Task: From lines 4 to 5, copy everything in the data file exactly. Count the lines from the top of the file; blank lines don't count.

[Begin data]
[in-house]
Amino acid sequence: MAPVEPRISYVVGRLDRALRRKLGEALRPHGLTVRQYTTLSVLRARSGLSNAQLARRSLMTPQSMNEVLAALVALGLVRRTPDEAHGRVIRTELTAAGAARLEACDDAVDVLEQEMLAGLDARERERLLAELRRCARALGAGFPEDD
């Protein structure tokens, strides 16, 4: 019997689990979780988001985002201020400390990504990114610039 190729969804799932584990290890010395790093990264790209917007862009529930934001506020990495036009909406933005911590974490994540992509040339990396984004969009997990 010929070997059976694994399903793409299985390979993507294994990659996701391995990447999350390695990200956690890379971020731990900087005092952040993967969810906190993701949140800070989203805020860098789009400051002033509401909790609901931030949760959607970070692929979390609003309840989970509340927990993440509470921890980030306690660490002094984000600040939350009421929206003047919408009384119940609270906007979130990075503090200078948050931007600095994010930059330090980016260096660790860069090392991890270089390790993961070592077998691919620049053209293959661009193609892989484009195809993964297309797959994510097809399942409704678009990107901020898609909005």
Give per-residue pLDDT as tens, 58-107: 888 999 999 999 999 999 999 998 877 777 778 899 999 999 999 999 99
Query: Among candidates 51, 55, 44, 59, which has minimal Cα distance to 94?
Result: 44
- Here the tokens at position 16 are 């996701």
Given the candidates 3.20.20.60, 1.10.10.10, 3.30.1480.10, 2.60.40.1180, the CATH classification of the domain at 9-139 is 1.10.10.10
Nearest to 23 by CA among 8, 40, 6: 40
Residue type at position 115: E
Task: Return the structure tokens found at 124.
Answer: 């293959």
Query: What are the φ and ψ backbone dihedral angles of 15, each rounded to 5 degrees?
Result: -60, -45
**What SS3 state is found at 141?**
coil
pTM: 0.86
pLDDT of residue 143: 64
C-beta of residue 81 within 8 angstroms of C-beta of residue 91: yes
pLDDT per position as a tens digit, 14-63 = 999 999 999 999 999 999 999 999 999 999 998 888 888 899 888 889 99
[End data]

Give per-residue pLDDT as tens, 58-107: 888 999 999 999 999 999 999 998 877 777 778 899 999 999 999 999 99
Query: Among candidates 51, 55, 44, 59, which has minimal Cα distance to 94?